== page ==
American Studies 101, “America and the World,” introduces first-year Purdue students to the field of American Studies. The course asks students to imagine how they are or are not “American,” and what being “American” means to the rest of the world. The course takes a transnational approach to the study of life in America, focusing on the experience of people who, like most Americans, come from someplace else.
“America and the World” also seeks to give ‘voice’ to the many people who come in and out of the United States as migrants, immigrants, workers, family members. To capture these voices, the course studies personal writings, poetry, letters, songs, essays, autobiographies and histories, many written by ordinary Americans.
Students will be challenged in the course to think about their own social location in the United States---that is, where they see themselves fitting into American society. This means examining different forms of citizenship---cultural, legal, sexual---that do or do not make Americans a ‘united’ people. Finally, the course examines the idea of American exceptionalism---the idea often promoted by its leaders that America is a unique country with a special mission to help or “save” the world or democracy.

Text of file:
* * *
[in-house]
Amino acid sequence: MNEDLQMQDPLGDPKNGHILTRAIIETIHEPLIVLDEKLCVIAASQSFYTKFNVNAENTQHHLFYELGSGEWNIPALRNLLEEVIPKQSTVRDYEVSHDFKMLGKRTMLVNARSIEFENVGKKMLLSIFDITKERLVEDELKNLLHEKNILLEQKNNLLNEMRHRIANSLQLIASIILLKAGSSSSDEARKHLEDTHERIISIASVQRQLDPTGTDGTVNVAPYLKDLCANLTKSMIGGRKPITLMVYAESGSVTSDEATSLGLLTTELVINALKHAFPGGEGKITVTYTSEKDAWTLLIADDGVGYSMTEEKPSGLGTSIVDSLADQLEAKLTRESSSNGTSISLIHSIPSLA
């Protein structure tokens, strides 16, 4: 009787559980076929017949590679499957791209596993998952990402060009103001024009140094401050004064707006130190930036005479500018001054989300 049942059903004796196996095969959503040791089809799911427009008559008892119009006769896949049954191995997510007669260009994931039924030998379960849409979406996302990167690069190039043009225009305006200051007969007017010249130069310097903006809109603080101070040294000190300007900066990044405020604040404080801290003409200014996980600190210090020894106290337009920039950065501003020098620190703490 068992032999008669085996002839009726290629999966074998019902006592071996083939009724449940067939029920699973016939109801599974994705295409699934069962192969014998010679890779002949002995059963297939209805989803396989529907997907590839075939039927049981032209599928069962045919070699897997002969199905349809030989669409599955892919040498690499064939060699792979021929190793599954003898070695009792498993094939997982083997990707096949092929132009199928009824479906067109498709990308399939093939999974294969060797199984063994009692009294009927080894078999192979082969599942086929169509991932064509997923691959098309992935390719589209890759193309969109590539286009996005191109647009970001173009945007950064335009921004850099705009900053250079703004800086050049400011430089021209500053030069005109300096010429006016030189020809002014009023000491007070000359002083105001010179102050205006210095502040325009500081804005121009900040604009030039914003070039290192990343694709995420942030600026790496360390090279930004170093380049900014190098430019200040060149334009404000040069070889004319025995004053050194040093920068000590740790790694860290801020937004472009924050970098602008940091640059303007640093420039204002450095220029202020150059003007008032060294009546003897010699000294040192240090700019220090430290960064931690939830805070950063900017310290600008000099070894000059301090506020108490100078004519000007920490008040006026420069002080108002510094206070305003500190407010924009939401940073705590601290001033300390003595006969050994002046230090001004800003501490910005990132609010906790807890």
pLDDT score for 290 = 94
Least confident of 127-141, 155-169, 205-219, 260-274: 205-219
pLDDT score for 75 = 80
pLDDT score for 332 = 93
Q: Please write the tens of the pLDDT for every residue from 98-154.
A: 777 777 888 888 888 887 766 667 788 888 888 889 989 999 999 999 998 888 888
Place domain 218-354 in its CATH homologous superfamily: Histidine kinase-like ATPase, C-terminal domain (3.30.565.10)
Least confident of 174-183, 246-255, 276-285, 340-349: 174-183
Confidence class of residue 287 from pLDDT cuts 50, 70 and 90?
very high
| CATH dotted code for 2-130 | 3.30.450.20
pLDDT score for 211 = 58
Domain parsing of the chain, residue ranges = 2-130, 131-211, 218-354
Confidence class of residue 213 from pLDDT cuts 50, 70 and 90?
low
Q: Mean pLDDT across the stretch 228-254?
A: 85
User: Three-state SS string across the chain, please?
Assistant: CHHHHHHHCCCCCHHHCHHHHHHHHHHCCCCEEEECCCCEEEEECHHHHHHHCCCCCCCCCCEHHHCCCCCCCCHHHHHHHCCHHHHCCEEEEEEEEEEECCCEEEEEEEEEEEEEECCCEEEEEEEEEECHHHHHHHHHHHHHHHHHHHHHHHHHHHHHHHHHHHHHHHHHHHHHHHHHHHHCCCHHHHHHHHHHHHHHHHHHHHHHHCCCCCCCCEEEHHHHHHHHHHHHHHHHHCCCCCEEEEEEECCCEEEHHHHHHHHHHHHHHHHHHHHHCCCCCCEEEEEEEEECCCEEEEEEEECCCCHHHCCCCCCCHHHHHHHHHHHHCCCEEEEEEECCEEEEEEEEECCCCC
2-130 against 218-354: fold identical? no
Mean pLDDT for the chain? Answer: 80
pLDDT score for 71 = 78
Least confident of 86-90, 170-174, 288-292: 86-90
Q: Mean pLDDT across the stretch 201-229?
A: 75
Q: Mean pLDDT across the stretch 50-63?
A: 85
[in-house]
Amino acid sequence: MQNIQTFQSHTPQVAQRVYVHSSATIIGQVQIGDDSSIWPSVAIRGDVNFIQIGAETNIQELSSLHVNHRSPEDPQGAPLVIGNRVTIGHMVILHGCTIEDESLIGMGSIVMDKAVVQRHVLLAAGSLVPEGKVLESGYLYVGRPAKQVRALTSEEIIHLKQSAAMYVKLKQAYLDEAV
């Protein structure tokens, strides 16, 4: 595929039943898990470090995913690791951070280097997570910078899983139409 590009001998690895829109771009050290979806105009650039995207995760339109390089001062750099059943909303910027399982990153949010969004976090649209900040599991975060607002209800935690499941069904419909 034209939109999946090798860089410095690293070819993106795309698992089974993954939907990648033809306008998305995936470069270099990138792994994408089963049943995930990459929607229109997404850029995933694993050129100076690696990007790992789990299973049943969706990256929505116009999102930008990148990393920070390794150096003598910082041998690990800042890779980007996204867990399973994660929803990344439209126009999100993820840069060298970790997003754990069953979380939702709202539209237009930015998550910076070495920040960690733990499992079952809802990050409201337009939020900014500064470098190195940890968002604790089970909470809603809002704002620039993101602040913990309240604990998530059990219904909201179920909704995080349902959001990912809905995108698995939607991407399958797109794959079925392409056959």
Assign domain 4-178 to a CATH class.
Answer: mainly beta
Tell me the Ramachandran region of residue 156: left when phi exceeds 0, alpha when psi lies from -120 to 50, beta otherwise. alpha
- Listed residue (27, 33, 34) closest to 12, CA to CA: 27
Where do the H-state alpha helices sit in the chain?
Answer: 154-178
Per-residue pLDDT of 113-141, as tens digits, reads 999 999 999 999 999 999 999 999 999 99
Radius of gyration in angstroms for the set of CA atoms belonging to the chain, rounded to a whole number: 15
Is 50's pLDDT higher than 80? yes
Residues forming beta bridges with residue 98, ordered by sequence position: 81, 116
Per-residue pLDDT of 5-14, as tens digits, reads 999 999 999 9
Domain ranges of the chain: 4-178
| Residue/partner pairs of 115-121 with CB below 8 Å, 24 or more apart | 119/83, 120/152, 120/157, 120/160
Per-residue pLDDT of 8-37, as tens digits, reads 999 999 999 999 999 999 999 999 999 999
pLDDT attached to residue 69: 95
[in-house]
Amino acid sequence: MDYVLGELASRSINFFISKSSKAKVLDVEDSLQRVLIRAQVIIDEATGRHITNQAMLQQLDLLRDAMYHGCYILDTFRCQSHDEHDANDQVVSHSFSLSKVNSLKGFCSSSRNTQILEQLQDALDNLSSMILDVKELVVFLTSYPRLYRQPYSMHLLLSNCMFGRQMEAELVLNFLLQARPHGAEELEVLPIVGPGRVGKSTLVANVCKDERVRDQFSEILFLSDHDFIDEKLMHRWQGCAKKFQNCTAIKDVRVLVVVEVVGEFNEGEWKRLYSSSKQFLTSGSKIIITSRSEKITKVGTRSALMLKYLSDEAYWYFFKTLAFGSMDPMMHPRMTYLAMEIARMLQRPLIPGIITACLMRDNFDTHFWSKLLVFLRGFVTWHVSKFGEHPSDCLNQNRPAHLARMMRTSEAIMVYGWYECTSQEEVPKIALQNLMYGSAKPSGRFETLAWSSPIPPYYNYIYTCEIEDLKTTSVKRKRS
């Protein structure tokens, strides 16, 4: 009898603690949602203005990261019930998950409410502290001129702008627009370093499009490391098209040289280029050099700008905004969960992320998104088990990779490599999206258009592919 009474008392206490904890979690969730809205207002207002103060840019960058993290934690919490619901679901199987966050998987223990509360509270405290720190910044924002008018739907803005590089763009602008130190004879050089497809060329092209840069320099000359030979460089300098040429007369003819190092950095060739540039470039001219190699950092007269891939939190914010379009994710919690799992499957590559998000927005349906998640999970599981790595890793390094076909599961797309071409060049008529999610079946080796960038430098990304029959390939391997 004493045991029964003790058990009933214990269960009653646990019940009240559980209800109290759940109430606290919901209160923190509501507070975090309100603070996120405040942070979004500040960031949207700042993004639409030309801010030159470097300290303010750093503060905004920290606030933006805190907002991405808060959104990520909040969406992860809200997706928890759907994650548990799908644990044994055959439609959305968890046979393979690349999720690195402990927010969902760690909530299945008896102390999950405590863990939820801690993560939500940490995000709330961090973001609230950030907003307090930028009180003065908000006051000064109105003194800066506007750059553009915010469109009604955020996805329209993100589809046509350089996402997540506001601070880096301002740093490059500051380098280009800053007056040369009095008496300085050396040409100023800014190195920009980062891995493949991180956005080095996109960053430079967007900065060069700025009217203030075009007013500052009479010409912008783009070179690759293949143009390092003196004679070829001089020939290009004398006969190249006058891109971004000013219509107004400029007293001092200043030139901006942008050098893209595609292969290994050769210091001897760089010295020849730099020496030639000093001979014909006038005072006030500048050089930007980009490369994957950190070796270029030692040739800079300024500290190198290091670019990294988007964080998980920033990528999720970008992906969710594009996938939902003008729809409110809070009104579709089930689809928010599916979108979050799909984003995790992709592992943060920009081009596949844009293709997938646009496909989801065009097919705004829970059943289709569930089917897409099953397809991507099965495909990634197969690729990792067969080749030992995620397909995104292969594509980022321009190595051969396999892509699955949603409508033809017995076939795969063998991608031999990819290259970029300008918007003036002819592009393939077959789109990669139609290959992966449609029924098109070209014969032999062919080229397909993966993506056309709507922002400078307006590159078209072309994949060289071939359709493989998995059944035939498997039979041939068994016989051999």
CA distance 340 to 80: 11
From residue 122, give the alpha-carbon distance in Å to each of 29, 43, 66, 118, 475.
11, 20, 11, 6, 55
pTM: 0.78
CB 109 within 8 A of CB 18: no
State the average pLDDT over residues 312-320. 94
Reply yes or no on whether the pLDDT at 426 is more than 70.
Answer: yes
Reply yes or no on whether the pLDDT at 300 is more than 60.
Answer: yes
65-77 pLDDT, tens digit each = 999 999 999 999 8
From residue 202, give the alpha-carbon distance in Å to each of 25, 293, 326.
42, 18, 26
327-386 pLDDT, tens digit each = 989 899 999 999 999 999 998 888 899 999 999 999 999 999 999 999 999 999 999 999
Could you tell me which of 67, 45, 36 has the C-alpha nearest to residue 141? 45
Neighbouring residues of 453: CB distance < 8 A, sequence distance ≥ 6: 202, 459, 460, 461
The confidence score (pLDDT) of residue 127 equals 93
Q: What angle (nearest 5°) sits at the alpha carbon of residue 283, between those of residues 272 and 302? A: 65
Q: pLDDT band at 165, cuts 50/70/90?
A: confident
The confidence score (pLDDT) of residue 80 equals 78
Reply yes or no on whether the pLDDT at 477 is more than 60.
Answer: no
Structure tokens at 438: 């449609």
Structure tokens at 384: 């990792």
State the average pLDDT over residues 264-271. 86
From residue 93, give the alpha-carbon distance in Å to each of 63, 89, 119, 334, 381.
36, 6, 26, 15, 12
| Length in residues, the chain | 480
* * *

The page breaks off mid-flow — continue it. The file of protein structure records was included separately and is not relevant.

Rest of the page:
The goal of the course is to give students the chance to see themselves in a panoramic view of American and world history, and to give them a deeper understanding of how people’s lived experiences in the United States---of their race, gender, sexuality, class---produce themes and ideas about the meaning of America and its place in the world.